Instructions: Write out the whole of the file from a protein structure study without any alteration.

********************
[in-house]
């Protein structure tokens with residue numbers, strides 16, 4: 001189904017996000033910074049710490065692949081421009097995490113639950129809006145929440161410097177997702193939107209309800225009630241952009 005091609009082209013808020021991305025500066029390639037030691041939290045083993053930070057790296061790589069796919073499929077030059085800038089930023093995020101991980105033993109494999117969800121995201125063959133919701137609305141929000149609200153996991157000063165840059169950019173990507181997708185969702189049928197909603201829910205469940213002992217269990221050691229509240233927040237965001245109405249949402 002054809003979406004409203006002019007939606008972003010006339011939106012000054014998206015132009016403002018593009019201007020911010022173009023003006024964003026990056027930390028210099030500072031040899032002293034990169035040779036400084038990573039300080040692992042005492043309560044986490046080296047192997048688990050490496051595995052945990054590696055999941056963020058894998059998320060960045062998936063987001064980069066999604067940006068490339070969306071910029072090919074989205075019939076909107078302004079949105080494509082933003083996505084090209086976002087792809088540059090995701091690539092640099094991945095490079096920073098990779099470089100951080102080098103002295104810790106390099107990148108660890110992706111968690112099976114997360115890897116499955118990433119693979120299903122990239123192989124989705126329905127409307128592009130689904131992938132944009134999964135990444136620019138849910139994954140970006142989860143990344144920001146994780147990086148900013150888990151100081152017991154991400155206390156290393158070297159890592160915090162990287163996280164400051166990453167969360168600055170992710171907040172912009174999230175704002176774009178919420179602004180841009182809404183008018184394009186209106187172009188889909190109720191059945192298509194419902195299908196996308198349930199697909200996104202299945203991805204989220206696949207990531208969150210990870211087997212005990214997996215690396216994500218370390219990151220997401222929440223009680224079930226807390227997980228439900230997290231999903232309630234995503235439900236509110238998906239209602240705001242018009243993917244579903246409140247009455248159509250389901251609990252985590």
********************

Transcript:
[in-house]
């Protein structure tokens with residue numbers, strides 16, 4: 001189904017996000033910074049710490065692949081421009097995490113639950129809006145929440161410097177997702193939107209309800225009630241952009 005091609009082209013808020021991305025500066029390639037030691041939290045083993053930070057790296061790589069796919073499929077030059085800038089930023093995020101991980105033993109494999117969800121995201125063959133919701137609305141929000149609200153996991157000063165840059169950019173990507181997708185969702189049928197909603201829910205469940213002992217269990221050691229509240233927040237965001245109405249949402 002054809003979406004409203006002019007939606008972003010006339011939106012000054014998206015132009016403002018593009019201007020911010022173009023003006024964003026990056027930390028210099030500072031040899032002293034990169035040779036400084038990573039300080040692992042005492043309560044986490046080296047192997048688990050490496051595995052945990054590696055999941056963020058894998059998320060960045062998936063987001064980069066999604067940006068490339070969306071910029072090919074989205075019939076909107078302004079949105080494509082933003083996505084090209086976002087792809088540059090995701091690539092640099094991945095490079096920073098990779099470089100951080102080098103002295104810790106390099107990148108660890110992706111968690112099976114997360115890897116499955118990433119693979120299903122990239123192989124989705126329905127409307128592009130689904131992938132944009134999964135990444136620019138849910139994954140970006142989860143990344144920001146994780147990086148900013150888990151100081152017991154991400155206390156290393158070297159890592160915090162990287163996280164400051166990453167969360168600055170992710171907040172912009174999230175704002176774009178919420179602004180841009182809404183008018184394009186209106187172009188889909190109720191059945192298509194419902195299908196996308198349930199697909200996104202299945203991805204989220206696949207990531208969150210990870211087997212005990214997996215690396216994500218370390219990151220997401222929440223009680224079930226807390227997980228439900230997290231999903232309630234995503235439900236509110238998906239209602240705001242018009243993917244579903246409140247009455248159509250389901251609990252985590």